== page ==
City Park Rookery and Stearns Lake

Rookery at Denver City Park
Visiting the Denver City Park Rookery is a bit like going to the zoo.  Walk in and see birds, guaranteed.

Probably 100+ nests are on a small island close to the shore. No binoculars are needed, but with their help we were occasionally able to see pretty blue eggs in some of the nests.

Two hours flew by while we observed and photographed Double-crested Cormorants, plus two new birds for our life list: Snowy Egrets and Black-crowned Night Herons.

Black-crowned Night Heron
The funky little Night Herons often flew directly over our heads, repeatedly gathering nesting materials. We had to laugh at their considerable determination in biting off tree branches, while awkwardly straining to keep their balance. No doubt they were motivated by the possibility of mating should the female accept his twig. The only juvenile in sight reminded me of another bird we've yet to see: the American Bittern.

Somewhat less active, the Snowy Egrets were fun to watch in their flowing plumage and unique "golden slippers."

A crazy number of images later, we dragged ourselves away from the show, stopping at Stearn's Lake to check out a report of a Black-necked Stilt sighting. Just before reaching the lake I noticed a farmer's pond and, there among other migratory waders was our Stilt! Not to be confused with the endangered Black Stilt we saw in New Zealand, the Black-necked Stilt is classified as a Species of Least Concern. We watched it foraging among the other waders then walked over to nearby Stearns Lake.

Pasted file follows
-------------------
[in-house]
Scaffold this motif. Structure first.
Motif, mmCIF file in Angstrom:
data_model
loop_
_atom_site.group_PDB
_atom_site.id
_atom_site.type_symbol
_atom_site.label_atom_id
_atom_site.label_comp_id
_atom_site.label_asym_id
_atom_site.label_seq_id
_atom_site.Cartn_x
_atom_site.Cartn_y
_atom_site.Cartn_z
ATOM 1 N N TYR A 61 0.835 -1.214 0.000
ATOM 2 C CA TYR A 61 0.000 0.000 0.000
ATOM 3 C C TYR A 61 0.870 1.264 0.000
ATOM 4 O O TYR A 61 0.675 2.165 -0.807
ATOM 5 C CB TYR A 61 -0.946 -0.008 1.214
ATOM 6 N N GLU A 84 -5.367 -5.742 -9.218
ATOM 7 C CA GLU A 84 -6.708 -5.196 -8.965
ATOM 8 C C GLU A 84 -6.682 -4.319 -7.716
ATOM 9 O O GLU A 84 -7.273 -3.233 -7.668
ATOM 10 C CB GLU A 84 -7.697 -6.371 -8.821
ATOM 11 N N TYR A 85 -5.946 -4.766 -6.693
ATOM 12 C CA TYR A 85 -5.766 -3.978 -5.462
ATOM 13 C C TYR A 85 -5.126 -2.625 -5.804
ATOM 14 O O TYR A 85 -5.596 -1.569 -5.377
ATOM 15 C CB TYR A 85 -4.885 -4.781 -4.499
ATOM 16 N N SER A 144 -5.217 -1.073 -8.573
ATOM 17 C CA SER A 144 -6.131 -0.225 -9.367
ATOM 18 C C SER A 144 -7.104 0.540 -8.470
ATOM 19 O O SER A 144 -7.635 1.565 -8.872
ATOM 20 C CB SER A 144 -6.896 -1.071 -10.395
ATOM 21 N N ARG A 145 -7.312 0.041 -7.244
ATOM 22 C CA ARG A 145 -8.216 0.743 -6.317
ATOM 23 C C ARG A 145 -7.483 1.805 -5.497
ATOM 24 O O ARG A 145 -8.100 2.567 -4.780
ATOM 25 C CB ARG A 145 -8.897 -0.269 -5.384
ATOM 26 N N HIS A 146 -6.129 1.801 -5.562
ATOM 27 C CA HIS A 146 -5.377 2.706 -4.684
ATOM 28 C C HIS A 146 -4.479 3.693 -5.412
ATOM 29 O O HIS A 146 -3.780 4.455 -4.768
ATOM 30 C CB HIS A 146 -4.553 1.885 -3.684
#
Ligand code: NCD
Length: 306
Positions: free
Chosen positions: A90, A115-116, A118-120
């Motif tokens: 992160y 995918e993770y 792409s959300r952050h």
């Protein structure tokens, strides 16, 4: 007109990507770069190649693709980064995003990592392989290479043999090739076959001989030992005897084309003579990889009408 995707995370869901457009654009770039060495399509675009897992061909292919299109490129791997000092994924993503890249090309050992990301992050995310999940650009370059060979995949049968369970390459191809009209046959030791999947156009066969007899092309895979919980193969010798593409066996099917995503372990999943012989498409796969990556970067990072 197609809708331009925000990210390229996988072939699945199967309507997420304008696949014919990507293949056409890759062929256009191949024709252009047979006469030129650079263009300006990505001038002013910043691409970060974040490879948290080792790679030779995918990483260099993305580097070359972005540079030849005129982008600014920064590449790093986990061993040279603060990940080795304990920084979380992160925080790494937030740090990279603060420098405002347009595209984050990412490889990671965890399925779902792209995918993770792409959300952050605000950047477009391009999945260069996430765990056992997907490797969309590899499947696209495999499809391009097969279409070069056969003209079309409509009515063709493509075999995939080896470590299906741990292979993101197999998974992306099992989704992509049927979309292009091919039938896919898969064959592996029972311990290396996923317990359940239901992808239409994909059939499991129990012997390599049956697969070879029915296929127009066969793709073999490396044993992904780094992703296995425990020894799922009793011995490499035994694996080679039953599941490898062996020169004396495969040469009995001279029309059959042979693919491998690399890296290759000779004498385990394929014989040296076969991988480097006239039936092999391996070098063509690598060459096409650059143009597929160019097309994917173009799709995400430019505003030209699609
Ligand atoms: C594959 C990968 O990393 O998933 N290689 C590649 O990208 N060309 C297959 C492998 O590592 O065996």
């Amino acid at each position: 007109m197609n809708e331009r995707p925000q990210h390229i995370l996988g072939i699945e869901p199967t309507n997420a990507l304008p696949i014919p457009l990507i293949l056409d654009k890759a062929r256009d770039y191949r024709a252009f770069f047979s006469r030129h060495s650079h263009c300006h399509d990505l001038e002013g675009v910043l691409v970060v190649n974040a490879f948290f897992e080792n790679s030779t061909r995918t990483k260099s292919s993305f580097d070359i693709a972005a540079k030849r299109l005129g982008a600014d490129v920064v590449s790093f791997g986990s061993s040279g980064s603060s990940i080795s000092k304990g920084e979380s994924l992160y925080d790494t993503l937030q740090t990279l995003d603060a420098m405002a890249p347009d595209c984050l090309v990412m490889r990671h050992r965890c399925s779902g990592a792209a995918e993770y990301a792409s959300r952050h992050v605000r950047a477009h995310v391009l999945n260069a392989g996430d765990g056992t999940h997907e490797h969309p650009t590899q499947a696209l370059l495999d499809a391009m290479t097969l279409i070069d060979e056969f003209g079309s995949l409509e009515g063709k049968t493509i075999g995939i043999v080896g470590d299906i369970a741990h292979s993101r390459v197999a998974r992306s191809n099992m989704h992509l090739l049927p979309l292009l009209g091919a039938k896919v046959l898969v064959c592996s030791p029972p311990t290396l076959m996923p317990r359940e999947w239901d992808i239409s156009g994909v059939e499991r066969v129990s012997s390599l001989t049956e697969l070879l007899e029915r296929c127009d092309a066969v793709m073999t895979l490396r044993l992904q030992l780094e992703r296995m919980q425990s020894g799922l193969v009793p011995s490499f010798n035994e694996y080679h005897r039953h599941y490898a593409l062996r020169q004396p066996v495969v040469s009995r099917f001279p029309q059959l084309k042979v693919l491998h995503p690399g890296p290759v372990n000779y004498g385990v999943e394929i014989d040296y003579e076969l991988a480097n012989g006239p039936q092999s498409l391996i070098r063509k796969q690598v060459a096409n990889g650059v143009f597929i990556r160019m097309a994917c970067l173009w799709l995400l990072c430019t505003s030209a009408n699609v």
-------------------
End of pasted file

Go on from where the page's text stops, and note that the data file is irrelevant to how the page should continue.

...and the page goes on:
Black-necked Stilts (right)

Western Grebes at Stearns Lake
Many Western Grebes were out in the middle of the lake, a Great Blue Heron moved in and out of the reeds, and a couple of white dots on the distant shore proved to be egrets. When we got around to the other side, we discovered not only one Great Egret and two Snowy Egrets, but also a Black-crowned Night Heron.

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